Call 07950948162 to order yours.#ENDCHILDFOODPOVERTY pic.twitter.com/tF7ZN4r9lO
— SEVEN BRO7HERS BEERHOUSE MIDDLEWOOD LOCKS (@SevenBroMLocks) October 23, 2020
Many local councils have also been inspired by Rashford’s campaign. Councillor Arooj Shah, Oldham Council’s Deputy Leader with responsibility for tackling poverty in Oldham, said: “The impact of Coronavirus has not just been on people’s health but also their job position and finances and we are concerned there will be even more children going hungry this half term in Oldham.
“That is completely unacceptable and we have decided to step in to fill the financial gap left pitifully by central Government and to make sure those most in need get basic meals. A light has been shone on this vitally important subject by the Manchester United footballer Marcus Rashford and we in Oldham will step up and play our part in these difficult financial times for us all.
“We will also keep the pressure on Central Government to ensure that the free school meals in holiday time campaign is not forgotten and we must ensure our most vulnerable are supported to get a basic meal.”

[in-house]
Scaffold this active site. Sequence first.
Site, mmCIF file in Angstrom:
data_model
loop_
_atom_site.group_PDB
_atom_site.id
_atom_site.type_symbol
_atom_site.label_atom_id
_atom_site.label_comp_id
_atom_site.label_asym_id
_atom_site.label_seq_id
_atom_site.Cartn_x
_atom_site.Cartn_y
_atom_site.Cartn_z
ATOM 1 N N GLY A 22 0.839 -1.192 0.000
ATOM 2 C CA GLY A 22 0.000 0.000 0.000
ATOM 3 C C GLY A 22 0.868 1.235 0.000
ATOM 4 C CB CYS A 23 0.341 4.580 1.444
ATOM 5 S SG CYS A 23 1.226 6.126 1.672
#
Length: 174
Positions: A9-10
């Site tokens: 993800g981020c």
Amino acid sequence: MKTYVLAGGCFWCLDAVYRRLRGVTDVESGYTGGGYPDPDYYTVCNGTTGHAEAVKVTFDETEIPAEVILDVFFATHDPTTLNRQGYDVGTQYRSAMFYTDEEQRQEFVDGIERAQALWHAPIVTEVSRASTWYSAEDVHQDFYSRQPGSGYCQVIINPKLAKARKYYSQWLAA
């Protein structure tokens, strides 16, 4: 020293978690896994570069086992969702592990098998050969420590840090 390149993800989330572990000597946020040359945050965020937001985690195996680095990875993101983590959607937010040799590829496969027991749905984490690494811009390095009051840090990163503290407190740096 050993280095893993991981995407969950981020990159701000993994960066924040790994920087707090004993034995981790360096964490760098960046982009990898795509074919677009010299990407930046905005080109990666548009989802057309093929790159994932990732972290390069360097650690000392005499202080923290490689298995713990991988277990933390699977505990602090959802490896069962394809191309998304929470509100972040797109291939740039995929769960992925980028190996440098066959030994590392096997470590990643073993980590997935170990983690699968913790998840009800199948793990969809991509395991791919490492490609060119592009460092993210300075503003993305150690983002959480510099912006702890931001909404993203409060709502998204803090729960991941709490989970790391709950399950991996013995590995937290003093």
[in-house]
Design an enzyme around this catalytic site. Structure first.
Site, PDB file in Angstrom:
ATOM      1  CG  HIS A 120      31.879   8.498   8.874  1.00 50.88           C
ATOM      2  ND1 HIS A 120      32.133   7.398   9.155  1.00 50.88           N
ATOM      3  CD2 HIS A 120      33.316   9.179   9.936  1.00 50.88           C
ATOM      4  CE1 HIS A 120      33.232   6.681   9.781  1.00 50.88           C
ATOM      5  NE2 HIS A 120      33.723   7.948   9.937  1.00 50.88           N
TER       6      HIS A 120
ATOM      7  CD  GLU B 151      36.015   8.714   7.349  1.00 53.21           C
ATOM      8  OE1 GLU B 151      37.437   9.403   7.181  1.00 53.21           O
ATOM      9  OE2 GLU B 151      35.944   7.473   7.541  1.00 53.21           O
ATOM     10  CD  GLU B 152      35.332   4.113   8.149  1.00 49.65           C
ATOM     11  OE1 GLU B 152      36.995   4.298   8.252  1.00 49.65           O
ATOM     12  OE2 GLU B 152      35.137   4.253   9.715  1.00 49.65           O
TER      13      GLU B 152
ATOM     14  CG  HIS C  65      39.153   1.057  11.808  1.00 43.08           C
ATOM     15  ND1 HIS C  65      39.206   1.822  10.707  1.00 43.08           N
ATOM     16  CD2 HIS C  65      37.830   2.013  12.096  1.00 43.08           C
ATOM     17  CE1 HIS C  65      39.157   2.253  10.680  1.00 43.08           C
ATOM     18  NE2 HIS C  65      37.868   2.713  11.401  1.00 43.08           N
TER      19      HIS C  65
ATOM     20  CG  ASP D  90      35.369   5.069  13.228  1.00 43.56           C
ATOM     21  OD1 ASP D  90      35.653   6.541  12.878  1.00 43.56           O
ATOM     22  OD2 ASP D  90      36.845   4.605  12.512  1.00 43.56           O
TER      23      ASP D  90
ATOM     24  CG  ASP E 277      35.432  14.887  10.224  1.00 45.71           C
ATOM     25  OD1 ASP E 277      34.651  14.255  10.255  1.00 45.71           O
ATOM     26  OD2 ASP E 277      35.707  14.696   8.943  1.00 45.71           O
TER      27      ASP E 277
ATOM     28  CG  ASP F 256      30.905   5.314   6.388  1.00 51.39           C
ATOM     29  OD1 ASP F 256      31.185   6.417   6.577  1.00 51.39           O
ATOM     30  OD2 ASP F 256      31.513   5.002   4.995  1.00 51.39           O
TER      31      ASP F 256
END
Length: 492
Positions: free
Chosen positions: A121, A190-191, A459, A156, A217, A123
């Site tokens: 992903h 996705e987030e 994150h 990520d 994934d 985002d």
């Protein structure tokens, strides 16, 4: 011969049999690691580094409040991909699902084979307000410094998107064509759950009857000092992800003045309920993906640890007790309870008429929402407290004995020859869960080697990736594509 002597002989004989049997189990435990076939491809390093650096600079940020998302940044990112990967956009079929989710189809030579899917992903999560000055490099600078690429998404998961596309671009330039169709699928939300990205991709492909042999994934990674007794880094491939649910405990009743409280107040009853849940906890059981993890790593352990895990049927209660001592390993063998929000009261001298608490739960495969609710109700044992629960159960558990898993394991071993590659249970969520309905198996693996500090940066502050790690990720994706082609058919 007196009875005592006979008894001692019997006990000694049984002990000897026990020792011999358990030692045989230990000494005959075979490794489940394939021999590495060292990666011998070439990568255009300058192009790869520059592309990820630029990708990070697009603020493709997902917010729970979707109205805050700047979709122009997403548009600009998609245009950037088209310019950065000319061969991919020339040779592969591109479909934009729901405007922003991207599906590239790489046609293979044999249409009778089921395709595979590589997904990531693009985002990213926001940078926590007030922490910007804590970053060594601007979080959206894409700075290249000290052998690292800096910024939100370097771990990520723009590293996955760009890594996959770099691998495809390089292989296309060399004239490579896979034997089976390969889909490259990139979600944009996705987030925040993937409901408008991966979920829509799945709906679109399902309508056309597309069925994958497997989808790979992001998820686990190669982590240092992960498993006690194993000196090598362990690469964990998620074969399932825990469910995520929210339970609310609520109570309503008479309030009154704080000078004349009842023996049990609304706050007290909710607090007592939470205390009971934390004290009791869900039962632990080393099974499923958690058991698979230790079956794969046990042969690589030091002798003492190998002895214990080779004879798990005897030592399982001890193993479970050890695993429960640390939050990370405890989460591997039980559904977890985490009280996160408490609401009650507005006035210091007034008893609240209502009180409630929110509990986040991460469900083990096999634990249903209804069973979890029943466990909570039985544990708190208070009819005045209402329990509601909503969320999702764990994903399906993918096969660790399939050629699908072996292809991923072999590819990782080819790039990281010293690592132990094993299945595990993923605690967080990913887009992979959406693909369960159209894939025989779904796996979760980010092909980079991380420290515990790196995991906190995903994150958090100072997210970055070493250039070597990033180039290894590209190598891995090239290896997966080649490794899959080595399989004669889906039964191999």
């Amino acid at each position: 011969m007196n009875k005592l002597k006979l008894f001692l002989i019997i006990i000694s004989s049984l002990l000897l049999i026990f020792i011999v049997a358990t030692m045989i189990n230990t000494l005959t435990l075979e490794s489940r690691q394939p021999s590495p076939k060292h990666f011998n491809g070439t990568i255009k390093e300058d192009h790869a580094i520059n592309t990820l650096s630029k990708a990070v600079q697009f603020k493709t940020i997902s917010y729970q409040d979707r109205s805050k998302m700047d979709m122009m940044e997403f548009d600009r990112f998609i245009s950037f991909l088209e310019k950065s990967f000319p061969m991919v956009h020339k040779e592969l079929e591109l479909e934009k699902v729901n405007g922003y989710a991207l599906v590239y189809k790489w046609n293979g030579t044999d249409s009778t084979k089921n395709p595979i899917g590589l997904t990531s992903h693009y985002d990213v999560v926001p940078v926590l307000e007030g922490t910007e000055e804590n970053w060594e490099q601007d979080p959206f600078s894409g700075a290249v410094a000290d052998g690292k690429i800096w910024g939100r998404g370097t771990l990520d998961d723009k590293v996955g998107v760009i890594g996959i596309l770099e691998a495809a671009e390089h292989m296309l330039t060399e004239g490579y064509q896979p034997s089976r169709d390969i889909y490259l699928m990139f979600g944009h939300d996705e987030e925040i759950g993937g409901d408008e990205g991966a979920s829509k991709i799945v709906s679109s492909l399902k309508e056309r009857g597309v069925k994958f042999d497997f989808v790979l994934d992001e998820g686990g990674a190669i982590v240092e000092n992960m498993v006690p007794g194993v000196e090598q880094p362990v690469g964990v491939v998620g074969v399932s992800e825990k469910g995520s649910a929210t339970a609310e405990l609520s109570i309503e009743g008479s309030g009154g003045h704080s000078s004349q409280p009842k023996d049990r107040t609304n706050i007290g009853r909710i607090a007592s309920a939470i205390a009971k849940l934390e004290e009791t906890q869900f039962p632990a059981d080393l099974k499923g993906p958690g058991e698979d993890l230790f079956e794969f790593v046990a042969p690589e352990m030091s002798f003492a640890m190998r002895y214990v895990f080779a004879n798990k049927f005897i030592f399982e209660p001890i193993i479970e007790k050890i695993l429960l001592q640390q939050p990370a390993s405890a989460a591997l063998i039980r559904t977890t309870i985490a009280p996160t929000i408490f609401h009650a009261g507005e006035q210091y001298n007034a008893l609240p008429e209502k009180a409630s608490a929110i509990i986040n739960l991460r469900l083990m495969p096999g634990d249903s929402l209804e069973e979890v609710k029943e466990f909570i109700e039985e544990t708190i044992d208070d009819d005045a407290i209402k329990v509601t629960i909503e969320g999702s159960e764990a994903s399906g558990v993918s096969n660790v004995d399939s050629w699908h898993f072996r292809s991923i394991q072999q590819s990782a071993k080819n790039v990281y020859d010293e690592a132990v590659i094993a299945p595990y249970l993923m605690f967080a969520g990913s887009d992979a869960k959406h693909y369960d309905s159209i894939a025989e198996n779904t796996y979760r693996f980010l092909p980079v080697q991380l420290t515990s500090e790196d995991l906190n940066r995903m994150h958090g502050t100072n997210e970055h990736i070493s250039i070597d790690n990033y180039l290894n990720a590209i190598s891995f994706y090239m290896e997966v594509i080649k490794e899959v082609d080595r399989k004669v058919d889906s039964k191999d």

We stand with @MarcusRashford and all our families here in Manchester.
No child should have to go hungry during school holidays. pic.twitter.com/ck1d8G7QNM
— Manchester City Council #StaySafe❤ (@ManCityCouncil) October 23, 2020
Rashford, who himself was brought up in a low income family that often had to depend on the support of food banks, used his Twitter account to highlight many of the generous offers which flooded in from all over the country. This has come at a time when we all needed to believe in the good of humanity doing what’s right and believe in a sense of community.
Marcus Rashford was awarded an MBE in the recent Queen’s Birthday Honours list for his services to vulnerable children during Covid 19.